Mr. Bush himself, the nation’s commander in chief and the biggest hawk of all. He revels in the accouterments of combat. The story was somewhat different when he was 22 years old and eligible for combat himself. He managed to get into the cushy confines of the Texas Air National Guard at the height of the Vietnam War in 1968 – a year in which more than a half-million American troops were in the war zone and more than 14,000 were killed.
The story gets murky after that. We know the future president breezed off at some point to work on a political campaign in Alabama, skipped a required flight physical in 1972 and was suspended from flying. He supported the war in Vietnam but was never in any danger of being sent there.
Vice President Dick Cheney, another fierce administration hawk. Mr. Cheney asked for and received five deferments when he was eligible for the draft. He told senators at a confirmation hearing in 1989, “I had other priorities in the 60’s than military service.” Many draft-age Americans had similar priorities – getting an education, getting married and starting a family.
Attorney General John Ashcroft. He is reported to have said, “I would have served, if asked.” But with the war raging in Vietnam, he received six student deferments and an “occupational deferment” based on the essential nature of a civilian job at Southwest Missouri State University – teaching business law to undergraduates.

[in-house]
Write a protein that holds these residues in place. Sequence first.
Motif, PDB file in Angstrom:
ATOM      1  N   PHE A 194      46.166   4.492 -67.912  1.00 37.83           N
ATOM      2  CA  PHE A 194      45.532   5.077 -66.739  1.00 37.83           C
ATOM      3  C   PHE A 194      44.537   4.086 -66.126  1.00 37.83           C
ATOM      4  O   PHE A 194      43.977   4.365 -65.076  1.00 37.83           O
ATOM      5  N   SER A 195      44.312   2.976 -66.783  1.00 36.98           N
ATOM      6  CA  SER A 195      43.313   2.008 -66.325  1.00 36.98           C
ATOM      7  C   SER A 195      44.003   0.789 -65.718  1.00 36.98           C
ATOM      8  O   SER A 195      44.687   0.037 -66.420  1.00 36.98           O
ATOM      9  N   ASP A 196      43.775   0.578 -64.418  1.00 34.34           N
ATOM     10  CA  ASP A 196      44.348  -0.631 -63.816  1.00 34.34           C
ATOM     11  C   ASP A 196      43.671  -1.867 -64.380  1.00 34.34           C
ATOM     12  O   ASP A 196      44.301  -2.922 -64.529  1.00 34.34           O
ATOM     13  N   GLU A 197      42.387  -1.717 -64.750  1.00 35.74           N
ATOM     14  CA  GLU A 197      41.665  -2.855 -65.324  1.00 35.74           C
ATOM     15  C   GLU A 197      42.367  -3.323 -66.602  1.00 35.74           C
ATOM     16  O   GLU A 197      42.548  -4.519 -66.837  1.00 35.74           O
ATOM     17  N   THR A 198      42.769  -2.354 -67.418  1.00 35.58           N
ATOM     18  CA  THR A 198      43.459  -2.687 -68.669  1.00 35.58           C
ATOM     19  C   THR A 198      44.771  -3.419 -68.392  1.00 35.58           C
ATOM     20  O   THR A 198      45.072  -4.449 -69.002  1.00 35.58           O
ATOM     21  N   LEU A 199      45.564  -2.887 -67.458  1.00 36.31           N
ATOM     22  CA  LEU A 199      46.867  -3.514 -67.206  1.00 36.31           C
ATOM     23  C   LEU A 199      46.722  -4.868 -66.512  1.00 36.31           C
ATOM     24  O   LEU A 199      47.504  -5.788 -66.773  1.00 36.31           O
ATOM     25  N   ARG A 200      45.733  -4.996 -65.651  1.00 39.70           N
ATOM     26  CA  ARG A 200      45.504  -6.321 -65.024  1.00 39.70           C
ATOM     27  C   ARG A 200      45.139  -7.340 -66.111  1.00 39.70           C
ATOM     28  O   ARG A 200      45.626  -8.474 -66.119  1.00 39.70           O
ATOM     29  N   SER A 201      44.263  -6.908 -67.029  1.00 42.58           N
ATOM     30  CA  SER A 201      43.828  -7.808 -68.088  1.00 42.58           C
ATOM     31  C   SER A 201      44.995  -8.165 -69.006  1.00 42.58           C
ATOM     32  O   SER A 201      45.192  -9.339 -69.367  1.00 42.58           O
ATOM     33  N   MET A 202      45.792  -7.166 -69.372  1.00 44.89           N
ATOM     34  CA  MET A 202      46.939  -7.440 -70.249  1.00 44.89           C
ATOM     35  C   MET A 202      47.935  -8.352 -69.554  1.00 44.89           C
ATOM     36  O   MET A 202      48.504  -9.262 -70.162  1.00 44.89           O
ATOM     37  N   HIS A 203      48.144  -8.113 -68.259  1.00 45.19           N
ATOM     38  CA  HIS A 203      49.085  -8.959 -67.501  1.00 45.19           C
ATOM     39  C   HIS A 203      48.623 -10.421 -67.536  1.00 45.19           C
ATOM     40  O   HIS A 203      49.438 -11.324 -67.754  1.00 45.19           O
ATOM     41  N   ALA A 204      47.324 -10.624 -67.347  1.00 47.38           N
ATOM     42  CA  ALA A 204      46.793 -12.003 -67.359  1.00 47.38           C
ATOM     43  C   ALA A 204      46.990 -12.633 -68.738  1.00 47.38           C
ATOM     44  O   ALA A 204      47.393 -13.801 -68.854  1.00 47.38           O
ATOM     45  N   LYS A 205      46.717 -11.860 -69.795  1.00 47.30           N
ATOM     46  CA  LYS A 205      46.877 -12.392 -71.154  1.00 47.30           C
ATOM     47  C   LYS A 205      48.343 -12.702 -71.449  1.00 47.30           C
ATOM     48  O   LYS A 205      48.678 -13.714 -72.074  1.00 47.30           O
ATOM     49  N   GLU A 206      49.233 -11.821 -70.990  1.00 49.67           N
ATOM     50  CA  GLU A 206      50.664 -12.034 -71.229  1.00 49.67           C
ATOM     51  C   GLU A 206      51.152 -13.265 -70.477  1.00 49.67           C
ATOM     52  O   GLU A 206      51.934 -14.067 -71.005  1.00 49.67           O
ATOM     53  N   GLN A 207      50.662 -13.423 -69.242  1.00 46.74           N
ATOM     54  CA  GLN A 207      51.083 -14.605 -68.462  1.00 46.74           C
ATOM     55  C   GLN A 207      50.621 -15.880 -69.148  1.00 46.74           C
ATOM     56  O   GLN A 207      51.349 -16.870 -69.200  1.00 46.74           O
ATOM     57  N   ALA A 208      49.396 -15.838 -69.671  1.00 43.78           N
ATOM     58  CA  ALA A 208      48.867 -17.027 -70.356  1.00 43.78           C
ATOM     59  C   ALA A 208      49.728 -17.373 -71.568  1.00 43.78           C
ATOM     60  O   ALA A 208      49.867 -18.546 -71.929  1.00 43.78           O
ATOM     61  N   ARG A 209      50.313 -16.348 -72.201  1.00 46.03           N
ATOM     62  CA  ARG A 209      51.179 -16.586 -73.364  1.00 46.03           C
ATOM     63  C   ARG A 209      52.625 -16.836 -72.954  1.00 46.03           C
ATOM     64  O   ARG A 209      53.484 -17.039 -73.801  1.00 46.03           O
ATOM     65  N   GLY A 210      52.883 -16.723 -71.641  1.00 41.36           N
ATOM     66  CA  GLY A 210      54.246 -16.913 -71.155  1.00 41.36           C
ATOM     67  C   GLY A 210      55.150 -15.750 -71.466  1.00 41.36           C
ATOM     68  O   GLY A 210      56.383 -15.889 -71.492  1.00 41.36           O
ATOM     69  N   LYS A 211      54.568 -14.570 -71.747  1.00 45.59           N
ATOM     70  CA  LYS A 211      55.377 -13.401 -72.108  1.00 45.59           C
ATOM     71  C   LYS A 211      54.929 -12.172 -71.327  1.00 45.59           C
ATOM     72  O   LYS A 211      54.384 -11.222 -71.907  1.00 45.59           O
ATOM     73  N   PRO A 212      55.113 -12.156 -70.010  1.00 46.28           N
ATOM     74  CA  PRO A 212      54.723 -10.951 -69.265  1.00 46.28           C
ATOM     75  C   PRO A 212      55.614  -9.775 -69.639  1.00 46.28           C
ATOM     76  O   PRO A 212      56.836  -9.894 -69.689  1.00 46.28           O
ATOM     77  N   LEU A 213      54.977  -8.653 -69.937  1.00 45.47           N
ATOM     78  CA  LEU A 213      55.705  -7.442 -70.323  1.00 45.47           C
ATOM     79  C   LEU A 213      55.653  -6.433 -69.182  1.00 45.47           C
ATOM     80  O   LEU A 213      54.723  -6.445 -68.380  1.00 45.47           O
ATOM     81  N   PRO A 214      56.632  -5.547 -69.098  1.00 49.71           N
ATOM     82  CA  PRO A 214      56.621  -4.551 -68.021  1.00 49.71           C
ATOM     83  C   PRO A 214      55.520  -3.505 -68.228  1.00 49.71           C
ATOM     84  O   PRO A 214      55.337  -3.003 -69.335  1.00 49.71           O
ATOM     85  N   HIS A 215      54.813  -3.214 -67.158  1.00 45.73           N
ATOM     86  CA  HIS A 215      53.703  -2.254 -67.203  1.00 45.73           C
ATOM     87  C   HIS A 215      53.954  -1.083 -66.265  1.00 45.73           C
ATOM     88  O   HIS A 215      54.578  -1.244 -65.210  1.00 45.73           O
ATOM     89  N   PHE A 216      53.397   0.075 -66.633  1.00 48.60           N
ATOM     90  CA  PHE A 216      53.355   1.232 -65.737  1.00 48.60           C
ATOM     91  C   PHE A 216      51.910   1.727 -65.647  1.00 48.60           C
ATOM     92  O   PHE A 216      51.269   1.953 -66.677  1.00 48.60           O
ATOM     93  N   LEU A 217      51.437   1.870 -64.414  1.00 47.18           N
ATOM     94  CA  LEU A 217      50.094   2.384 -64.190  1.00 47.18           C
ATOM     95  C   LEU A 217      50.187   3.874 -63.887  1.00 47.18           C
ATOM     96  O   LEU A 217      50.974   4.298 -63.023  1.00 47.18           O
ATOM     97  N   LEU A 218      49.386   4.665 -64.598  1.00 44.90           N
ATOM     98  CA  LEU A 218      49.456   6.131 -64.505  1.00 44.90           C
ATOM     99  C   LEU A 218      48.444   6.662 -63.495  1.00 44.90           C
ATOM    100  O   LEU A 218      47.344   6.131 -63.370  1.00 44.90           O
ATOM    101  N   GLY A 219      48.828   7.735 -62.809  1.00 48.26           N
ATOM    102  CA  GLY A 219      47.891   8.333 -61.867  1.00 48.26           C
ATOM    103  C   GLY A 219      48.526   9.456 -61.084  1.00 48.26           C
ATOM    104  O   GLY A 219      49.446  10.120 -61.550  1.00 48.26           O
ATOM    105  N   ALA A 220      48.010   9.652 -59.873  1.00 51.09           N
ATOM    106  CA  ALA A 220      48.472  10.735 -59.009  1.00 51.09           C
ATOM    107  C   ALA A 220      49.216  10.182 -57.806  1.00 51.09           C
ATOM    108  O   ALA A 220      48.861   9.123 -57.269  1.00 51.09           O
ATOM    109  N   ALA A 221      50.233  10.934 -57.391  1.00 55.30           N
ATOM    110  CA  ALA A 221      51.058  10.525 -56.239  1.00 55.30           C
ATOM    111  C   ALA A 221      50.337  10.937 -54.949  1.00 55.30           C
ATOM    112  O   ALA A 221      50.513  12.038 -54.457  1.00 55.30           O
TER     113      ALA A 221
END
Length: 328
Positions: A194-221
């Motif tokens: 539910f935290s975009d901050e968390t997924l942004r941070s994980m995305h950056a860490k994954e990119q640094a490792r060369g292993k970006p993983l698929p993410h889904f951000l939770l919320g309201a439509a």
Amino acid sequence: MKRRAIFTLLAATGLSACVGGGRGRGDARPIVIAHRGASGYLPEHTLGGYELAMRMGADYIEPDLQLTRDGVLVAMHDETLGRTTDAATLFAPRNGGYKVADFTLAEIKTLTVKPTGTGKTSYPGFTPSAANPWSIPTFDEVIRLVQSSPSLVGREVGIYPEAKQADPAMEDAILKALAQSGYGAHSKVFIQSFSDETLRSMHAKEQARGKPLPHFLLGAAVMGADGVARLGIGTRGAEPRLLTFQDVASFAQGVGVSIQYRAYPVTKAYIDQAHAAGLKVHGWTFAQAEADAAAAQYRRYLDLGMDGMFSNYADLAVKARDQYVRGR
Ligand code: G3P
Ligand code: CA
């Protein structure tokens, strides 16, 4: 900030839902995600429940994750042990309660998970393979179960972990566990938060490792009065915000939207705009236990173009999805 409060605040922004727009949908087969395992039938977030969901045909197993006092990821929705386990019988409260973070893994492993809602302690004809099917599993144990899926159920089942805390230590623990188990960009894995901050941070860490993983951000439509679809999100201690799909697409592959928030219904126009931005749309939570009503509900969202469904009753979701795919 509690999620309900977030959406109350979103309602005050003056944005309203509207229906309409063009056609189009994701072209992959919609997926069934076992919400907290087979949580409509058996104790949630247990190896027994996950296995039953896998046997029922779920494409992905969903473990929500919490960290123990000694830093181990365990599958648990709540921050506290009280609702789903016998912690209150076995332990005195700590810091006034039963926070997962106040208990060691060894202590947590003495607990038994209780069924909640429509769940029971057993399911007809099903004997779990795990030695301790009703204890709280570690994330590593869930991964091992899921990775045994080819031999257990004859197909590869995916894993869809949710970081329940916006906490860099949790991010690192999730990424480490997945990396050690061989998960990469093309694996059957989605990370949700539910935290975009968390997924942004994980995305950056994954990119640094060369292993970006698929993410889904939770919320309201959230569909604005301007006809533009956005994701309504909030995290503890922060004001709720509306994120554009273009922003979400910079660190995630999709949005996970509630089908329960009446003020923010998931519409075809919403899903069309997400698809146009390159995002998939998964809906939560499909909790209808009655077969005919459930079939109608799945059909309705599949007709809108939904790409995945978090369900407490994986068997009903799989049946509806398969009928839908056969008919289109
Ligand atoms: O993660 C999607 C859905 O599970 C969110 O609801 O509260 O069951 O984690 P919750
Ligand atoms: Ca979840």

Paul Wolfowitz, the deputy defense secretary and a fanatical hawk on Iraq. He was not fanatical about Vietnam and escaped the draft with student deferments.
There are many others.
I would like to see at least some of these men, in keeping with their positions as leaders of a great nation, stand up and say it is wrong – just wrong – to try and reap a cheap political gain by defacing the sacrifices of individuals like John Kerry, John McCain and Max Cleland, who put themselves in mortal danger in the service of their country.